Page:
Why I Do What I Do: 

One of my dearest memories is a few years ago while visiting my grandfather. He was the greatest story teller I knew. I was envious of him in that way. The way he could remember facts and details of stories that were decades old without missing a beat. Truth be told, I barely knew him. Outside of stories my mother had told, I knew very little about this man, and had only seen him a handful of times in my life. It was bewildering, to watch a man I barely knew - except that he was a hard working, masculine, frugal, no bullshit type of person - squirm in the passenger seat next to me when he couldn’t think of something quick enough and silence became louder than his stories. I can’t say for sure, but I expect the last time he spent hours, days, with a 23 year old wasn’t all too recent. It was clear we both found each other fascinating and bonded over our love for Hwy 1.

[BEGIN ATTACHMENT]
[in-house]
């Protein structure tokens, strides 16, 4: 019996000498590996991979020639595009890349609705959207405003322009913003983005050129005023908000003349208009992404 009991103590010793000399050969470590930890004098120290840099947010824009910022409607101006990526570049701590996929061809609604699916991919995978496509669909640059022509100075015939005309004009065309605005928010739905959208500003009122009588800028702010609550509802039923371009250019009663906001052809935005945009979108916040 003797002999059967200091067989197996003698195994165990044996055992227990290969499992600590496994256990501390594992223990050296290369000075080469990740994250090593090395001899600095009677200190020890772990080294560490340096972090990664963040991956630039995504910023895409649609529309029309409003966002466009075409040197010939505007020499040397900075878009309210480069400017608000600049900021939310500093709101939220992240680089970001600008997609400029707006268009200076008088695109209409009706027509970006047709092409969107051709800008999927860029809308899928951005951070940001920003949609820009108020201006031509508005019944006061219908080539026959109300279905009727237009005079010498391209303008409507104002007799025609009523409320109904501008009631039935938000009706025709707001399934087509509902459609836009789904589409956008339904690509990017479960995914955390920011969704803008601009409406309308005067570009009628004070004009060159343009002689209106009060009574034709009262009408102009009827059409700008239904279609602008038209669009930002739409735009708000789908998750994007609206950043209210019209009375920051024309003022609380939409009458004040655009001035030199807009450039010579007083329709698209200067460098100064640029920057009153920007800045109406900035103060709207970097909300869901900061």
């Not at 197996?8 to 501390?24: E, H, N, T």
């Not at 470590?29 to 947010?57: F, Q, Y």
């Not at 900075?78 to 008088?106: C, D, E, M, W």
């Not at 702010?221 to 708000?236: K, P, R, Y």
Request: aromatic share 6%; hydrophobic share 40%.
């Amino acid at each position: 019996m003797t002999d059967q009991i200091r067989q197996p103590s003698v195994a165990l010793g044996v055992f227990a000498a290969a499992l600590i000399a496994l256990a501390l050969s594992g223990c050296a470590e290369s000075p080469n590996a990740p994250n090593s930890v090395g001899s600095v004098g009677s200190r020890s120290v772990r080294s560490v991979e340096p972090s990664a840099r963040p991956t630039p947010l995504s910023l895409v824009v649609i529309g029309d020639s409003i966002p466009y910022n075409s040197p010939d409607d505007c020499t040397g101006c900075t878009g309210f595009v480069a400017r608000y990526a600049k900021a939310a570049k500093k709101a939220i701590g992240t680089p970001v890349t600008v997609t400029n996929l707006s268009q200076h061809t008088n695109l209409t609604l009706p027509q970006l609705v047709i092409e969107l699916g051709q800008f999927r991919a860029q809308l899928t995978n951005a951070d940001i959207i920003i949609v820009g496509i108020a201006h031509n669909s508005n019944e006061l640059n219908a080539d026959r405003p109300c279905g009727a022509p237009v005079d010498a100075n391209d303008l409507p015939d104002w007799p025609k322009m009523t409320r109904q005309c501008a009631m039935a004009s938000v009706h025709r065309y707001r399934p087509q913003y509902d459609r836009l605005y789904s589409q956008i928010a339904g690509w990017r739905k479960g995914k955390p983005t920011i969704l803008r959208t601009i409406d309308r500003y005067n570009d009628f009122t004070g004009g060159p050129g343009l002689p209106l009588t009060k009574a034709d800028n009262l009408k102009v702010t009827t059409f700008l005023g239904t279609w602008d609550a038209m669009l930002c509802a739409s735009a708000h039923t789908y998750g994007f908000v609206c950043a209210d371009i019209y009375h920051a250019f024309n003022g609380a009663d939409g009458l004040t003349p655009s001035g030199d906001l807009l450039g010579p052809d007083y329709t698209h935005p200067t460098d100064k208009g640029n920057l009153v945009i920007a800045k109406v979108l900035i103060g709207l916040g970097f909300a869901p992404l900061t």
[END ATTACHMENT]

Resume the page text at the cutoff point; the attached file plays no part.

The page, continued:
One night during our visit, I asked if he had any old photos that I could look through, and the way his eyes lit up, I’ll never forget. He hadn’t but finished shouting “Yes!” before he was half way up the staircase in search of photos to show his granddaughter. 

The stories that came about because of those old photographs, are stories I may have never known. My favorite moment is when he would find a photo, and laugh and laugh, giving you the most desperate feeling one can only know from feeling left out of the joke. His laugh was juicy with details that left you dying to know the story behind it. 

A shift happened in me that day and I’ve never been the same.

From the grandest landscapes, to the tiny necklace you wear around your neck. The way you look at your love, dance with your father, or laugh with your mother. these moments need to be captured, remembered, told and retold. 

And maybe one day, our grand children will ask to see old photographs, and we’re going to want to have photos that tell the best stories. 

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grandpa Jim 1935 - 2017